Health + Behavior

$1 million gift will support UCLA research on advanced lung disease

Donation from Linda and Michael Keston will fund study to better understand organ rejection following transplants

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Kestons
Courtesy of the Keston family

The Kestons’ donation will support a UCLA study to investigate the molecular mechanisms involved in organ transplant rejection.

Philanthropists Michael and Linda Keston have made a gift of $1 million to the Division of Pulmonary and Critical Care Medicine at the David Geffen School of Medicine at UCLA.

The donation will support research into advanced lung disease and the UCLA Lung Health Research Initiative, which was launched in November. The initiative is focused on developing new treatments for lung disease and finding a way to prevent the body from rejecting donor organs — a major challenge for people who have received organ transplants.

“The Kestons’ contribution will enable our faculty to pursue innovative research that will eventually lead to new treatments to the benefit of countless patients,” said Dr. John Mazziotta, vice chancellor of UCLA Health Sciences and CEO of UCLA Health.

The gift will support a five-year study by the division of pulmonary and critical care medicine to investigate the molecular mechanisms involved in chronic organ transplant rejection. The research will focus on the function of chemokines, proteins that send signals that stimulate cells to attack a foreign body such as a transplanted organ. The subject is a key question in organ transplant medicine because long-term survival after a transplant largely depends on preventing the body’s immune response from treating the new organ as a harmful foreign object.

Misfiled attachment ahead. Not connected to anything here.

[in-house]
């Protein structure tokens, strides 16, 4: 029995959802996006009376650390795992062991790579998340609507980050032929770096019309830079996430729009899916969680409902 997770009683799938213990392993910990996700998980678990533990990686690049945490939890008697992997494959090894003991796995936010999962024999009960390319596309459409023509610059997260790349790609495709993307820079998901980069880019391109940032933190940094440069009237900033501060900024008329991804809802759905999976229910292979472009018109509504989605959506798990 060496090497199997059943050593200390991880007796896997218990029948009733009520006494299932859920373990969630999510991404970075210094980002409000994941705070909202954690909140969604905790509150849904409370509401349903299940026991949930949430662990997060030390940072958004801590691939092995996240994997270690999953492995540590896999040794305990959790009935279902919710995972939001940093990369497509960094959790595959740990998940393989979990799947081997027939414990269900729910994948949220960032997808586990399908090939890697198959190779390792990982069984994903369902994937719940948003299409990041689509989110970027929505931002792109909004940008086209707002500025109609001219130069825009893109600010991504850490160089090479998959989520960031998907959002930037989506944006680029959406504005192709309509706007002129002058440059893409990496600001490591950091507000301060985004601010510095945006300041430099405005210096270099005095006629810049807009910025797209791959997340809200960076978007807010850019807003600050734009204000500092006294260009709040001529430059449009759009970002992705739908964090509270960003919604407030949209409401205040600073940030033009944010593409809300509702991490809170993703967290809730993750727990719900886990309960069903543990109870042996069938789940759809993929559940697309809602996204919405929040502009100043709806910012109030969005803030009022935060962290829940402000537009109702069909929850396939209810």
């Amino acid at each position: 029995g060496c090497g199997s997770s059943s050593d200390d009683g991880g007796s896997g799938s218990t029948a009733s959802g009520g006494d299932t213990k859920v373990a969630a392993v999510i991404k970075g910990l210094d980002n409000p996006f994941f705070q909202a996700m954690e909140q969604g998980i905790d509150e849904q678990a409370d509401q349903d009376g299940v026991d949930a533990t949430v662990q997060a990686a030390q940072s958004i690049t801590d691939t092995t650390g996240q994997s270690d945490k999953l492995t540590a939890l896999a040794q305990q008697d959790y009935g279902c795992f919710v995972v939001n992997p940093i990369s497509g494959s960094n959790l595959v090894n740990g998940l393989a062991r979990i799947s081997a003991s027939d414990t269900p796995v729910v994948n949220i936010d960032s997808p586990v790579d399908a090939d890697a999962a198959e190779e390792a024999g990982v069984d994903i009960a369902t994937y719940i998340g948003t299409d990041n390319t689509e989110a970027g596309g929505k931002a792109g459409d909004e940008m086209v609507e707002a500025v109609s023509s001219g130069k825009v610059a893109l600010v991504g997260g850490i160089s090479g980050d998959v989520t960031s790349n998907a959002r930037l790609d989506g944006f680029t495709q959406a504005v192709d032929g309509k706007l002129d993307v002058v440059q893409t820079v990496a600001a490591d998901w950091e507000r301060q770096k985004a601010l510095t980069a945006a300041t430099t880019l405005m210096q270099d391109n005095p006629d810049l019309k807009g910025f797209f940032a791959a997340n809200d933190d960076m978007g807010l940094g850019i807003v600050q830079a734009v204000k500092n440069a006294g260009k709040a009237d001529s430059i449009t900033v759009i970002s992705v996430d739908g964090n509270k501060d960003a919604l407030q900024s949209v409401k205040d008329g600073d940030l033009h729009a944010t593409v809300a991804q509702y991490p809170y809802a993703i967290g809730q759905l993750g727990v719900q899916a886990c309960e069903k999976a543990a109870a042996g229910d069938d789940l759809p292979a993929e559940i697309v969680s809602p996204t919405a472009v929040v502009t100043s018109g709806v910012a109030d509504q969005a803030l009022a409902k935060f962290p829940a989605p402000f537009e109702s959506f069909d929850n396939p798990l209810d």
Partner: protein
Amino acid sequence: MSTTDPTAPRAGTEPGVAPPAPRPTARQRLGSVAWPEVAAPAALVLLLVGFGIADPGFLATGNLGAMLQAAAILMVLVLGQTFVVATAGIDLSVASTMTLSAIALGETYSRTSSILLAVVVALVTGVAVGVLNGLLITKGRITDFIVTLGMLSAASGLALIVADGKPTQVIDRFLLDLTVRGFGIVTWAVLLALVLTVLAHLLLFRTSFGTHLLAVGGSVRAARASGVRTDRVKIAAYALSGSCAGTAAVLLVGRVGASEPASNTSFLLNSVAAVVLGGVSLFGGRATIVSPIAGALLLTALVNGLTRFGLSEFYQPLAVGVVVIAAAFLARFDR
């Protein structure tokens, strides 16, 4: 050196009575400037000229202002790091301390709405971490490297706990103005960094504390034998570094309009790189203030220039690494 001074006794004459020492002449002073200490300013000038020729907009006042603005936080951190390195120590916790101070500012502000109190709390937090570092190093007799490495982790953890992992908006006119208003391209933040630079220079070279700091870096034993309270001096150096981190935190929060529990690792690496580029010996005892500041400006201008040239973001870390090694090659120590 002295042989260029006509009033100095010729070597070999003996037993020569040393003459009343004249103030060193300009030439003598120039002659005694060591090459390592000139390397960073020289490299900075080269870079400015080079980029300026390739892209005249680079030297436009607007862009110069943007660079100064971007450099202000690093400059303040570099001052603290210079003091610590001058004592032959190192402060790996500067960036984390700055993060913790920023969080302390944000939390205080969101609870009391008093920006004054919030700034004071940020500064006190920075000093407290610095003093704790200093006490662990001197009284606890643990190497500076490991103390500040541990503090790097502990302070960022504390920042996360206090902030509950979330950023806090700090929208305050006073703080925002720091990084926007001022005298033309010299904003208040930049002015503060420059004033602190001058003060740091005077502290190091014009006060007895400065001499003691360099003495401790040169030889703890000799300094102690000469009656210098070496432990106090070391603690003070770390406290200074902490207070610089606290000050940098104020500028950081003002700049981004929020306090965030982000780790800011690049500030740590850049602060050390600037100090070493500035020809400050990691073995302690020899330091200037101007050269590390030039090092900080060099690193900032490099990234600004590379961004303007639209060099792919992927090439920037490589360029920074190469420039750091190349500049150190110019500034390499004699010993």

UCLA researchers hope that a clearer understanding of chronic organ rejection will ultimately enable transplant patients to live longer, healthier lives without the prolonged use of immunosuppressive medications.

“Linda and I know the risks of lung transplants,” said Michael Keston, who received a lung transplant at UCLA in 2009. “Fortunately, we also know about the rewards. We are committed to helping UCLA researchers find ways to help a body accept a new lung so patients can have vital, productive lives.”

The donation is part of the $4.2 billion UCLA Centennial Campaign, which is scheduled to conclude in December 2019 during UCLA’s 100th anniversary year.

Michael Keston, a philanthropist and business leader, is chairman and CEO of KFG Investment Company, a privately owned real estate investment company that he joined in 1970. He serves on the USC Price School of Public Policy board of councilors. Linda Keston, a licensed marriage and family therapist, is a member of the Association of Child Development Specialists and serves on the board of Echo Parenting and Education. The Kestons have devoted significant philanthropic support to education, medical research and community organizations.

“It is the vision of philanthropists like Linda and Michael that lays the groundwork for breakthroughs,” said Dr. Steven Dubinett, professor and chief of the division of pulmonary and critical care medicine, and the Geffen School’s associate vice chancellor for research and senior associate dean for translational research. “This important donation will create new opportunities for discoveries that meet the challenges involved in advanced lung disease and transplantation.”

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